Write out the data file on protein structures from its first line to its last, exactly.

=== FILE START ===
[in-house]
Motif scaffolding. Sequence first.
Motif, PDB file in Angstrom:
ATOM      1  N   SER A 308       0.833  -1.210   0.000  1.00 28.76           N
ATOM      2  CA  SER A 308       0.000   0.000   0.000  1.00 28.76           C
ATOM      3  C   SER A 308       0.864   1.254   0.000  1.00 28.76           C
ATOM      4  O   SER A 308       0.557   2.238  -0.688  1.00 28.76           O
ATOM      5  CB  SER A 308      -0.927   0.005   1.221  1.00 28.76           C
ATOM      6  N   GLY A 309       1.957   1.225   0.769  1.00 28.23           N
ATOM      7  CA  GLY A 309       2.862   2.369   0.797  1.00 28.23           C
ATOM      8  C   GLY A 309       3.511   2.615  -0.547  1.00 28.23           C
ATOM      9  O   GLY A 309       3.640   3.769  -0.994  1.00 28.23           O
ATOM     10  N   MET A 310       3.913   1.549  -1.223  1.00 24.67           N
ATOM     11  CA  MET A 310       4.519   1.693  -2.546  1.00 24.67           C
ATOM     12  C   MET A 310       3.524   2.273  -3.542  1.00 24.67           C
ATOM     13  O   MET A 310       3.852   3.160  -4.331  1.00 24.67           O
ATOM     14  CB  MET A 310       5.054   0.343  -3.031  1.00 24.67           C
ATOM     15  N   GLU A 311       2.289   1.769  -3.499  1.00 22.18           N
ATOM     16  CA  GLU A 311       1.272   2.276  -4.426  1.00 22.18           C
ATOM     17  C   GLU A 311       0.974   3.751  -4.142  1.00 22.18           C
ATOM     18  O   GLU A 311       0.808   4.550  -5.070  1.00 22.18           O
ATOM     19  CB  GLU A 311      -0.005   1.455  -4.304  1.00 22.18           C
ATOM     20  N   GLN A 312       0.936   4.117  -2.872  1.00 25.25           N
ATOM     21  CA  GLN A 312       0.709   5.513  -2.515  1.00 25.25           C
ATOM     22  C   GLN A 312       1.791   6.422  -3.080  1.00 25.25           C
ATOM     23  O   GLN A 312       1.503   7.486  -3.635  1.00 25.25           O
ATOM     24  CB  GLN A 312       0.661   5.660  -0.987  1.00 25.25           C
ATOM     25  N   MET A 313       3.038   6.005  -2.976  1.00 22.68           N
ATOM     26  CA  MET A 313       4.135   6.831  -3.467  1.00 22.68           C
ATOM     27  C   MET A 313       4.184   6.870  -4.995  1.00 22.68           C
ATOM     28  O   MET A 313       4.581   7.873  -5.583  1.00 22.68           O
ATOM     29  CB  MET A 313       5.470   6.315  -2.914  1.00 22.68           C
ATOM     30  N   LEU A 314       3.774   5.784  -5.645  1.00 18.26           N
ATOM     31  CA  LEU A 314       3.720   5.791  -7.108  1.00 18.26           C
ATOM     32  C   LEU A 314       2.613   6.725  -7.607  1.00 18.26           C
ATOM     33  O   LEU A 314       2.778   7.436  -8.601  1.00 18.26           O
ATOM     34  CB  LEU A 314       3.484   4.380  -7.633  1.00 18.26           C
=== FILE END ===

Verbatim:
[in-house]
Motif scaffolding. Sequence first.
Motif, PDB file in Angstrom:
ATOM      1  N   SER A 308       0.833  -1.210   0.000  1.00 28.76           N
ATOM      2  CA  SER A 308       0.000   0.000   0.000  1.00 28.76           C
ATOM      3  C   SER A 308       0.864   1.254   0.000  1.00 28.76           C
ATOM      4  O   SER A 308       0.557   2.238  -0.688  1.00 28.76           O
ATOM      5  CB  SER A 308      -0.927   0.005   1.221  1.00 28.76           C
ATOM      6  N   GLY A 309       1.957   1.225   0.769  1.00 28.23           N
ATOM      7  CA  GLY A 309       2.862   2.369   0.797  1.00 28.23           C
ATOM      8  C   GLY A 309       3.511   2.615  -0.547  1.00 28.23           C
ATOM      9  O   GLY A 309       3.640   3.769  -0.994  1.00 28.23           O
ATOM     10  N   MET A 310       3.913   1.549  -1.223  1.00 24.67           N
ATOM     11  CA  MET A 310       4.519   1.693  -2.546  1.00 24.67           C
ATOM     12  C   MET A 310       3.524   2.273  -3.542  1.00 24.67           C
ATOM     13  O   MET A 310       3.852   3.160  -4.331  1.00 24.67           O
ATOM     14  CB  MET A 310       5.054   0.343  -3.031  1.00 24.67           C
ATOM     15  N   GLU A 311       2.289   1.769  -3.499  1.00 22.18           N
ATOM     16  CA  GLU A 311       1.272   2.276  -4.426  1.00 22.18           C
ATOM     17  C   GLU A 311       0.974   3.751  -4.142  1.00 22.18           C
ATOM     18  O   GLU A 311       0.808   4.550  -5.070  1.00 22.18           O
ATOM     19  CB  GLU A 311      -0.005   1.455  -4.304  1.00 22.18           C
ATOM     20  N   GLN A 312       0.936   4.117  -2.872  1.00 25.25           N
ATOM     21  CA  GLN A 312       0.709   5.513  -2.515  1.00 25.25           C
ATOM     22  C   GLN A 312       1.791   6.422  -3.080  1.00 25.25           C
ATOM     23  O   GLN A 312       1.503   7.486  -3.635  1.00 25.25           O
ATOM     24  CB  GLN A 312       0.661   5.660  -0.987  1.00 25.25           C
ATOM     25  N   MET A 313       3.038   6.005  -2.976  1.00 22.68           N
ATOM     26  CA  MET A 313       4.135   6.831  -3.467  1.00 22.68           C
ATOM     27  C   MET A 313       4.184   6.870  -4.995  1.00 22.68           C
ATOM     28  O   MET A 313       4.581   7.873  -5.583  1.00 22.68           O
ATOM     29  CB  MET A 313       5.470   6.315  -2.914  1.00 22.68           C
ATOM     30  N   LEU A 314       3.774   5.784  -5.645  1.00 18.26           N
ATOM     31  CA  LEU A 314       3.720   5.791  -7.108  1.00 18.26           C
ATOM     32  C   LEU A 314       2.613   6.725  -7.607  1.00 18.26           C
ATOM     33  O   LEU A 314       2.778   7.436  -8.601  1.00 18.26           O
ATOM     34  CB  LEU A 314       3.484   4.380  -7.633  1.00 18.26           C